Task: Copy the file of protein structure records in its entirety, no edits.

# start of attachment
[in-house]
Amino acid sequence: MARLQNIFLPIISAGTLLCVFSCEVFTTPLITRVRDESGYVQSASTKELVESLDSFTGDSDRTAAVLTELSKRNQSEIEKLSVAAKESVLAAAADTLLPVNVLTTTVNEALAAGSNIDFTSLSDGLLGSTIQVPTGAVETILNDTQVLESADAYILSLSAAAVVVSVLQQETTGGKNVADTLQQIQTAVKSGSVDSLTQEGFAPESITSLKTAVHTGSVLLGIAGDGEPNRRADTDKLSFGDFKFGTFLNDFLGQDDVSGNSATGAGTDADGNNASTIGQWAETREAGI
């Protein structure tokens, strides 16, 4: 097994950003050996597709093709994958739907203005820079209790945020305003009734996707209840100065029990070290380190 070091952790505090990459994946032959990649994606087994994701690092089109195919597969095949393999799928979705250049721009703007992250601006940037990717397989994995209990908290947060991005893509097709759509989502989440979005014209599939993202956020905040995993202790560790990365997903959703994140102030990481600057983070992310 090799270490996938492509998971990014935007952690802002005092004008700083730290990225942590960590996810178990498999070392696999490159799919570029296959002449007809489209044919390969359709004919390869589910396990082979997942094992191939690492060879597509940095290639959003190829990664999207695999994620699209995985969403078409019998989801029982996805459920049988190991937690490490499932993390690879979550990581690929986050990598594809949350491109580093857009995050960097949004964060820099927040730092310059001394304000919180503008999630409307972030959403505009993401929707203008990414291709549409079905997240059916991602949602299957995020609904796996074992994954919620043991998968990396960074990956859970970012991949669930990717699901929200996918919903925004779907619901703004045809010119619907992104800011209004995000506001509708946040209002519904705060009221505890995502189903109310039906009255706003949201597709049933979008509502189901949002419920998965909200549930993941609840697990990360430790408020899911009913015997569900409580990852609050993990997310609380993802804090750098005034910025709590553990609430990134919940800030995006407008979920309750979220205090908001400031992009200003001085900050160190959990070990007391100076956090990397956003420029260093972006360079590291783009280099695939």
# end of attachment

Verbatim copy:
[in-house]
Amino acid sequence: MARLQNIFLPIISAGTLLCVFSCEVFTTPLITRVRDESGYVQSASTKELVESLDSFTGDSDRTAAVLTELSKRNQSEIEKLSVAAKESVLAAAADTLLPVNVLTTTVNEALAAGSNIDFTSLSDGLLGSTIQVPTGAVETILNDTQVLESADAYILSLSAAAVVVSVLQQETTGGKNVADTLQQIQTAVKSGSVDSLTQEGFAPESITSLKTAVHTGSVLLGIAGDGEPNRRADTDKLSFGDFKFGTFLNDFLGQDDVSGNSATGAGTDADGNNASTIGQWAETREAGI
């Protein structure tokens, strides 16, 4: 097994950003050996597709093709994958739907203005820079209790945020305003009734996707209840100065029990070290380190 070091952790505090990459994946032959990649994606087994994701690092089109195919597969095949393999799928979705250049721009703007992250601006940037990717397989994995209990908290947060991005893509097709759509989502989440979005014209599939993202956020905040995993202790560790990365997903959703994140102030990481600057983070992310 090799270490996938492509998971990014935007952690802002005092004008700083730290990225942590960590996810178990498999070392696999490159799919570029296959002449007809489209044919390969359709004919390869589910396990082979997942094992191939690492060879597509940095290639959003190829990664999207695999994620699209995985969403078409019998989801029982996805459920049988190991937690490490499932993390690879979550990581690929986050990598594809949350491109580093857009995050960097949004964060820099927040730092310059001394304000919180503008999630409307972030959403505009993401929707203008990414291709549409079905997240059916991602949602299957995020609904796996074992994954919620043991998968990396960074990956859970970012991949669930990717699901929200996918919903925004779907619901703004045809010119619907992104800011209004995000506001509708946040209002519904705060009221505890995502189903109310039906009255706003949201597709049933979008509502189901949002419920998965909200549930993941609840697990990360430790408020899911009913015997569900409580990852609050993990997310609380993802804090750098005034910025709590553990609430990134919940800030995006407008979920309750979220205090908001400031992009200003001085900050160190959990070990007391100076956090990397956003420029260093972006360079590291783009280099695939």